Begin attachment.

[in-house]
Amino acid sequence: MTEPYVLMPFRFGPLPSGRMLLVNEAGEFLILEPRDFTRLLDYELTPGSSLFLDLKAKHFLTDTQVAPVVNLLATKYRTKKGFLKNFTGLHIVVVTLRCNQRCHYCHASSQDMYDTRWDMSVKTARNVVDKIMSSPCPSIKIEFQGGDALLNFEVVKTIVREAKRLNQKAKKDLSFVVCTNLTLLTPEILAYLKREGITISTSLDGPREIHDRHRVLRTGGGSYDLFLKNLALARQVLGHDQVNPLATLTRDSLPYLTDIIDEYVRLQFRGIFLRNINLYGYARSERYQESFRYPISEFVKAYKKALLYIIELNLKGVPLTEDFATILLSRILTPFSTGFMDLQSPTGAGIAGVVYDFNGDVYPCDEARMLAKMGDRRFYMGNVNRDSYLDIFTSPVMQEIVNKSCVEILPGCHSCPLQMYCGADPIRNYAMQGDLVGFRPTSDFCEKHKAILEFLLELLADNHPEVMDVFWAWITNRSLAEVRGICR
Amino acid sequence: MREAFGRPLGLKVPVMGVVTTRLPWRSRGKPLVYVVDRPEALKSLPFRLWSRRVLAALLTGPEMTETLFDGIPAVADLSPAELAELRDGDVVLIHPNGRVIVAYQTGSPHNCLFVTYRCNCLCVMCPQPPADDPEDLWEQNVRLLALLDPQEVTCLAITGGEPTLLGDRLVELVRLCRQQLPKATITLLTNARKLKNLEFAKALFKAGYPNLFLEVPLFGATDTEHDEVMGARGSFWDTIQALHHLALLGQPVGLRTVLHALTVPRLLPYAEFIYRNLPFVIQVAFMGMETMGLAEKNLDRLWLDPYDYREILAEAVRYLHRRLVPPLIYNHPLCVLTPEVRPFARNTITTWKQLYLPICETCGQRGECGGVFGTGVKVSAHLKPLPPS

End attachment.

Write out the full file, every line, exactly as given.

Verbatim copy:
[in-house]
Amino acid sequence: MTEPYVLMPFRFGPLPSGRMLLVNEAGEFLILEPRDFTRLLDYELTPGSSLFLDLKAKHFLTDTQVAPVVNLLATKYRTKKGFLKNFTGLHIVVVTLRCNQRCHYCHASSQDMYDTRWDMSVKTARNVVDKIMSSPCPSIKIEFQGGDALLNFEVVKTIVREAKRLNQKAKKDLSFVVCTNLTLLTPEILAYLKREGITISTSLDGPREIHDRHRVLRTGGGSYDLFLKNLALARQVLGHDQVNPLATLTRDSLPYLTDIIDEYVRLQFRGIFLRNINLYGYARSERYQESFRYPISEFVKAYKKALLYIIELNLKGVPLTEDFATILLSRILTPFSTGFMDLQSPTGAGIAGVVYDFNGDVYPCDEARMLAKMGDRRFYMGNVNRDSYLDIFTSPVMQEIVNKSCVEILPGCHSCPLQMYCGADPIRNYAMQGDLVGFRPTSDFCEKHKAILEFLLELLADNHPEVMDVFWAWITNRSLAEVRGICR
Amino acid sequence: MREAFGRPLGLKVPVMGVVTTRLPWRSRGKPLVYVVDRPEALKSLPFRLWSRRVLAALLTGPEMTETLFDGIPAVADLSPAELAELRDGDVVLIHPNGRVIVAYQTGSPHNCLFVTYRCNCLCVMCPQPPADDPEDLWEQNVRLLALLDPQEVTCLAITGGEPTLLGDRLVELVRLCRQQLPKATITLLTNARKLKNLEFAKALFKAGYPNLFLEVPLFGATDTEHDEVMGARGSFWDTIQALHHLALLGQPVGLRTVLHALTVPRLLPYAEFIYRNLPFVIQVAFMGMETMGLAEKNLDRLWLDPYDYREILAEAVRYLHRRLVPPLIYNHPLCVLTPEVRPFARNTITTWKQLYLPICETCGQRGECGGVFGTGVKVSAHLKPLPPS